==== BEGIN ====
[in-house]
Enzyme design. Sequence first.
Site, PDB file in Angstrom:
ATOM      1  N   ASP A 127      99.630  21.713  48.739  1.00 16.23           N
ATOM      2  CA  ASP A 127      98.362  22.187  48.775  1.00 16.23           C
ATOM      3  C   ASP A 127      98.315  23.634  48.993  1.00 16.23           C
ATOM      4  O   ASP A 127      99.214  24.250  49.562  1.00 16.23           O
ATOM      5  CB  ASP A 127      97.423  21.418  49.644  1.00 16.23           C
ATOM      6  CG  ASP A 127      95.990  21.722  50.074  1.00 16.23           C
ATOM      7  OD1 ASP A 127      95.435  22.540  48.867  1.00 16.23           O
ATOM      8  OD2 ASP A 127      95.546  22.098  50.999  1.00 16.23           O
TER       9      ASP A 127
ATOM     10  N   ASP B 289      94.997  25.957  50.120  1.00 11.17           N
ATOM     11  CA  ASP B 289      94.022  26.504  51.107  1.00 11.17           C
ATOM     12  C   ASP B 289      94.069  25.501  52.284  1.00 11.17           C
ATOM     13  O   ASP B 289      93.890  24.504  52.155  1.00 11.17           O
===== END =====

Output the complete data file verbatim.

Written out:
[in-house]
Enzyme design. Sequence first.
Site, PDB file in Angstrom:
ATOM      1  N   ASP A 127      99.630  21.713  48.739  1.00 16.23           N
ATOM      2  CA  ASP A 127      98.362  22.187  48.775  1.00 16.23           C
ATOM      3  C   ASP A 127      98.315  23.634  48.993  1.00 16.23           C
ATOM      4  O   ASP A 127      99.214  24.250  49.562  1.00 16.23           O
ATOM      5  CB  ASP A 127      97.423  21.418  49.644  1.00 16.23           C
ATOM      6  CG  ASP A 127      95.990  21.722  50.074  1.00 16.23           C
ATOM      7  OD1 ASP A 127      95.435  22.540  48.867  1.00 16.23           O
ATOM      8  OD2 ASP A 127      95.546  22.098  50.999  1.00 16.23           O
TER       9      ASP A 127
ATOM     10  N   ASP B 289      94.997  25.957  50.120  1.00 11.17           N
ATOM     11  CA  ASP B 289      94.022  26.504  51.107  1.00 11.17           C
ATOM     12  C   ASP B 289      94.069  25.501  52.284  1.00 11.17           C
ATOM     13  O   ASP B 289      93.890  24.504  52.155  1.00 11.17           O